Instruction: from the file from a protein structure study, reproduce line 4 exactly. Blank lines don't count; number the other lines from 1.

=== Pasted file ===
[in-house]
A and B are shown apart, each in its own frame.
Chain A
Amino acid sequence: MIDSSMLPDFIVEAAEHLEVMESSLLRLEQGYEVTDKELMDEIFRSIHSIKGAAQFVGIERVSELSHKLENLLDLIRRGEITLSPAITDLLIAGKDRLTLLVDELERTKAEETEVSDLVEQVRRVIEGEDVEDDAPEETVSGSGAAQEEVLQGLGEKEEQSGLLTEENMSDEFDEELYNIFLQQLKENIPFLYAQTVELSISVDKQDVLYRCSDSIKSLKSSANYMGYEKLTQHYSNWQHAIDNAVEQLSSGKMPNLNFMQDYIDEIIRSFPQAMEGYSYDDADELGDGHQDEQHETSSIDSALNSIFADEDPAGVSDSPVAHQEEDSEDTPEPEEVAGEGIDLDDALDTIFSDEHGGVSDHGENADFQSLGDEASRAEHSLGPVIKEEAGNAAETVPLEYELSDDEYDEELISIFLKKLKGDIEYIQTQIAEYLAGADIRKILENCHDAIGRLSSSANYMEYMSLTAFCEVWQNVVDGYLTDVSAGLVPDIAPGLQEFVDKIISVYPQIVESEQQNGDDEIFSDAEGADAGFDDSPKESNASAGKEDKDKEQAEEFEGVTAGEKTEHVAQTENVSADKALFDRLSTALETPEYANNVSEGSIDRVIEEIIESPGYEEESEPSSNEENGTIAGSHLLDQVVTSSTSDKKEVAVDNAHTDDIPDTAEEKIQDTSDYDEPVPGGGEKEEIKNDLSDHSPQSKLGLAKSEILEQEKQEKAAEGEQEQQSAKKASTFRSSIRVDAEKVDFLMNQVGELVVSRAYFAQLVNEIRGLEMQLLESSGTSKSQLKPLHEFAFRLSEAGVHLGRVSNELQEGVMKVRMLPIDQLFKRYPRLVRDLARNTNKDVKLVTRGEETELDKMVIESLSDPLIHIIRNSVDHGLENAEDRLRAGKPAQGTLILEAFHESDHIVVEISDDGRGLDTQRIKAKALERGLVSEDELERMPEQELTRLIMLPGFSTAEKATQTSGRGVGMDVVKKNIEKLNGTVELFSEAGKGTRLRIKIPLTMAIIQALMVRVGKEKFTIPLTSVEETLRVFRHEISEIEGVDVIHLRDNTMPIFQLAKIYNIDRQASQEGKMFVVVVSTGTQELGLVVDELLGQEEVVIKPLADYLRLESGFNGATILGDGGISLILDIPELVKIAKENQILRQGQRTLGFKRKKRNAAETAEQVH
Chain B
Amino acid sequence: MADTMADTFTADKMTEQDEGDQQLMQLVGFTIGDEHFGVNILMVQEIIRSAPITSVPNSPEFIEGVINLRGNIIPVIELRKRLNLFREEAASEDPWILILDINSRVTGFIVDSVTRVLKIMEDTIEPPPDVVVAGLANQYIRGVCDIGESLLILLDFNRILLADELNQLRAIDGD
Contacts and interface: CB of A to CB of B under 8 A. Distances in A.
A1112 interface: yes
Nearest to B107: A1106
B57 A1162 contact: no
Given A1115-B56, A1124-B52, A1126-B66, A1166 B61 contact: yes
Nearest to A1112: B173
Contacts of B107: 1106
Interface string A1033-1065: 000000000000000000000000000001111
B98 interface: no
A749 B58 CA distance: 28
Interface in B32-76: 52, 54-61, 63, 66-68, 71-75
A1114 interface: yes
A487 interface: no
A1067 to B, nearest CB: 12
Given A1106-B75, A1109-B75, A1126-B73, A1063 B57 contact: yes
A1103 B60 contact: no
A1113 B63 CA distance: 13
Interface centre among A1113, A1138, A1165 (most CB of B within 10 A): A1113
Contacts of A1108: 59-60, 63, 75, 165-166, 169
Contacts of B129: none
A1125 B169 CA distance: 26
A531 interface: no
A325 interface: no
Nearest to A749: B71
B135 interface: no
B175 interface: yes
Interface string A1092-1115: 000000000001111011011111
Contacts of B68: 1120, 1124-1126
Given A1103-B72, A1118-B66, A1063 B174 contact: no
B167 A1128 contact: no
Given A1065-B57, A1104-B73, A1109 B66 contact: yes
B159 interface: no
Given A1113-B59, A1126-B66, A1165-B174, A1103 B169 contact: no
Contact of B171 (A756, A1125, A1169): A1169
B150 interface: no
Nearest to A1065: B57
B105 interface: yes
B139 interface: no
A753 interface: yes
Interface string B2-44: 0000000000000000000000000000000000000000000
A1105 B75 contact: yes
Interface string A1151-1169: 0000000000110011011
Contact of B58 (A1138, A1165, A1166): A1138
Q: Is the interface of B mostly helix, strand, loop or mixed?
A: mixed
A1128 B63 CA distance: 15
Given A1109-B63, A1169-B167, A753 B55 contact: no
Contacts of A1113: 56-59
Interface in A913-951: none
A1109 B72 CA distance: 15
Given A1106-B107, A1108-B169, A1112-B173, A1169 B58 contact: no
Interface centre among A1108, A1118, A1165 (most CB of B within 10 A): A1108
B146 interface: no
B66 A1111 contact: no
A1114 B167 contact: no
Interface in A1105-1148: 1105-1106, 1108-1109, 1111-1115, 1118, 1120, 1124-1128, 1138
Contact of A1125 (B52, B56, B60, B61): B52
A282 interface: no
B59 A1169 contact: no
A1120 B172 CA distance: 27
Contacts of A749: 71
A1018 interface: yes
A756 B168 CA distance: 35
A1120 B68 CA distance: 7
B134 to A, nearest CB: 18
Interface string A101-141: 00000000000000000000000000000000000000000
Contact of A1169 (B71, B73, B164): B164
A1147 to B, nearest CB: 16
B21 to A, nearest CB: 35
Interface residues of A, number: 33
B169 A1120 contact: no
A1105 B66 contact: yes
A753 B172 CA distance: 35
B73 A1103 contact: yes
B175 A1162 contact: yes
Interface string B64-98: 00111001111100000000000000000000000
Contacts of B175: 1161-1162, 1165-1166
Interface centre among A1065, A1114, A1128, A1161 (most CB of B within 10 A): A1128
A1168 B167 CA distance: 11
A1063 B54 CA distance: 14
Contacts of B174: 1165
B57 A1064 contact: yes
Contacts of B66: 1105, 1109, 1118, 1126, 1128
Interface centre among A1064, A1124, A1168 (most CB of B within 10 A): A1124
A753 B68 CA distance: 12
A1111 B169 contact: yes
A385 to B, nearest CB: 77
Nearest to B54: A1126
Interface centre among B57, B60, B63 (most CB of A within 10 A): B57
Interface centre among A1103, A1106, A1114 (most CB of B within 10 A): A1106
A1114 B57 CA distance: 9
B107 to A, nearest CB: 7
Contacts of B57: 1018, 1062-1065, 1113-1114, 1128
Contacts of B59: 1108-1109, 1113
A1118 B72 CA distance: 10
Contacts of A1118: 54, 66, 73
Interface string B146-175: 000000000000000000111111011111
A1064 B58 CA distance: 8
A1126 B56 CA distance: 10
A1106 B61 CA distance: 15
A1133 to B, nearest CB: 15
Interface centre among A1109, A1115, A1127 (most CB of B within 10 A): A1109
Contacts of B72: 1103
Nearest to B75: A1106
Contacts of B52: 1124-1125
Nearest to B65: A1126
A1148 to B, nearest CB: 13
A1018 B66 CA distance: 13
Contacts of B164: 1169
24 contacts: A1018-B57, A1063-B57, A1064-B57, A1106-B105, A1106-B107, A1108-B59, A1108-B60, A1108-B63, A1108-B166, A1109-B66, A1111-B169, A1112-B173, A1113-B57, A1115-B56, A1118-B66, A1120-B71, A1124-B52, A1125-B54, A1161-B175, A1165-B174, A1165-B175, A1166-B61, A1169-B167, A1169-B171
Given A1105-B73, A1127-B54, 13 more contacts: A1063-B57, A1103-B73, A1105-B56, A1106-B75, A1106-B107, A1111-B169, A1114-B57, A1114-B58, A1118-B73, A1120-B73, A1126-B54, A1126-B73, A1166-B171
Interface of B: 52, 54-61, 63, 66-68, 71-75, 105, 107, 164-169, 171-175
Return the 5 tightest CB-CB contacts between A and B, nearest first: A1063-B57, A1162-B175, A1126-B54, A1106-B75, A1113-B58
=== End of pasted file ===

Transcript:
Amino acid sequence: MIDSSMLPDFIVEAAEHLEVMESSLLRLEQGYEVTDKELMDEIFRSIHSIKGAAQFVGIERVSELSHKLENLLDLIRRGEITLSPAITDLLIAGKDRLTLLVDELERTKAEETEVSDLVEQVRRVIEGEDVEDDAPEETVSGSGAAQEEVLQGLGEKEEQSGLLTEENMSDEFDEELYNIFLQQLKENIPFLYAQTVELSISVDKQDVLYRCSDSIKSLKSSANYMGYEKLTQHYSNWQHAIDNAVEQLSSGKMPNLNFMQDYIDEIIRSFPQAMEGYSYDDADELGDGHQDEQHETSSIDSALNSIFADEDPAGVSDSPVAHQEEDSEDTPEPEEVAGEGIDLDDALDTIFSDEHGGVSDHGENADFQSLGDEASRAEHSLGPVIKEEAGNAAETVPLEYELSDDEYDEELISIFLKKLKGDIEYIQTQIAEYLAGADIRKILENCHDAIGRLSSSANYMEYMSLTAFCEVWQNVVDGYLTDVSAGLVPDIAPGLQEFVDKIISVYPQIVESEQQNGDDEIFSDAEGADAGFDDSPKESNASAGKEDKDKEQAEEFEGVTAGEKTEHVAQTENVSADKALFDRLSTALETPEYANNVSEGSIDRVIEEIIESPGYEEESEPSSNEENGTIAGSHLLDQVVTSSTSDKKEVAVDNAHTDDIPDTAEEKIQDTSDYDEPVPGGGEKEEIKNDLSDHSPQSKLGLAKSEILEQEKQEKAAEGEQEQQSAKKASTFRSSIRVDAEKVDFLMNQVGELVVSRAYFAQLVNEIRGLEMQLLESSGTSKSQLKPLHEFAFRLSEAGVHLGRVSNELQEGVMKVRMLPIDQLFKRYPRLVRDLARNTNKDVKLVTRGEETELDKMVIESLSDPLIHIIRNSVDHGLENAEDRLRAGKPAQGTLILEAFHESDHIVVEISDDGRGLDTQRIKAKALERGLVSEDELERMPEQELTRLIMLPGFSTAEKATQTSGRGVGMDVVKKNIEKLNGTVELFSEAGKGTRLRIKIPLTMAIIQALMVRVGKEKFTIPLTSVEETLRVFRHEISEIEGVDVIHLRDNTMPIFQLAKIYNIDRQASQEGKMFVVVVSTGTQELGLVVDELLGQEEVVIKPLADYLRLESGFNGATILGDGGISLILDIPELVKIAKENQILRQGQRTLGFKRKKRNAAETAEQVH